Out of a population of 9.4 million, 5.7 million Israelis have received two vaccine doses Photograph:( AFP )
The health expert also stressed that the children need to be vaccinated as quickly as possible, but lamented the slow pace of the vaccination rate in Israel
As the Omicron variant of COVID-19 spreads rapidly around the world, there has been intense debate on the need to take a third dose or a booster shot for extra protection against the deadly virus.
Even as some countries deliberate and study the necessity of a booster dose, Israel's healthcare expert Prof Jonathan Halevy told WION on Thursday asserted that an additional Covid jab was imperative for strong protection.
“People who are double vaccinated, after a gap of 6 months following the second dose are considered to be unvaccinated. So, it only calls for the necessity to take a booster shot. Actually, the level of immunity goes down below protection level on the average in six months after the second vaccination, though it differs from person to person,” Halevy said.
When asked whether there has been any progress in treating Covid illness, Halevy said, “As far as medications go, I believe that we are now in a much better shape compared to the year-and-a-half ago when the virus started. We now have an arsenal of medications and among them are Pfizer and Moderna vaccinations. If God forbid we have a fifth wave, we can treat the patients much earlier and efficaciously.”
The health expert also stressed that the children need to be vaccinated as quickly as possible, but lamented the slow pace of the vaccination rate in Israel.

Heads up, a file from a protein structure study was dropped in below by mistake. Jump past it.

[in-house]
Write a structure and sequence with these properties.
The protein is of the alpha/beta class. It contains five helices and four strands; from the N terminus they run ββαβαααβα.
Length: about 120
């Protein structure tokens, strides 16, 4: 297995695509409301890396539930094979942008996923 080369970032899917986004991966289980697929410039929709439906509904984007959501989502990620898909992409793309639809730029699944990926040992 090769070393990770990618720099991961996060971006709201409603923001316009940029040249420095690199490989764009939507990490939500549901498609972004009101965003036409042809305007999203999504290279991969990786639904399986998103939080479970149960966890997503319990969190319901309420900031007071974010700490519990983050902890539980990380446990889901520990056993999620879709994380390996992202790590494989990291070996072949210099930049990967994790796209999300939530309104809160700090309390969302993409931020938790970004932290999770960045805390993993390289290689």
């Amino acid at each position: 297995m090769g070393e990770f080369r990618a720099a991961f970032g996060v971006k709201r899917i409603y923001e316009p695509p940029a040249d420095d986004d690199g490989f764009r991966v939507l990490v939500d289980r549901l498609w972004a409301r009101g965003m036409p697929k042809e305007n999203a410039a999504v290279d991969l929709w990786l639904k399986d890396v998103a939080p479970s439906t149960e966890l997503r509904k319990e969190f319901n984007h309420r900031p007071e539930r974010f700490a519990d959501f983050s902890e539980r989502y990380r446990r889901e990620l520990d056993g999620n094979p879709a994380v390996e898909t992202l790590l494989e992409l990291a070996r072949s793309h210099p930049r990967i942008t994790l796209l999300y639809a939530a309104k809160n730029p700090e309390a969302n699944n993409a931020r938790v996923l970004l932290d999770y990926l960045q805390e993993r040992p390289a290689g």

“It is well proven that the vaccine is safe for children and unfortunately in Israel, the pace of vaccination among children 5-11 years old is too slow. We are trying to plead to parents not to hesitate and do it at a quicker pace. I am more apprehended by the slow pace of vaccination among kids,” said Halevy.
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When asked whether it was possible to implement a national mandate making vaccines compulsory in Israel, as suggested by the country’s coronavirus czar Salman Zarka, Halevy pointed out that such orders won’t be passed in Israel.
“I don’t believe it will happen in Israel, as it is a very vivid democracy with a very meticulous approach to human rights. So, I think that coming out with a law to mandate vaccination for everyone will not happen in Israel. But I think sanctions or penalties should be given,” he said.
Out of a population of 9.4 million, 5.7 million Israelis have received two vaccine doses, and 4 million have had a third booster shot, according to Israel's health ministry data.
Israel rolled out vaccinations for children aged five to 11 last week, one of only a handful of countries to inoculate minors that young.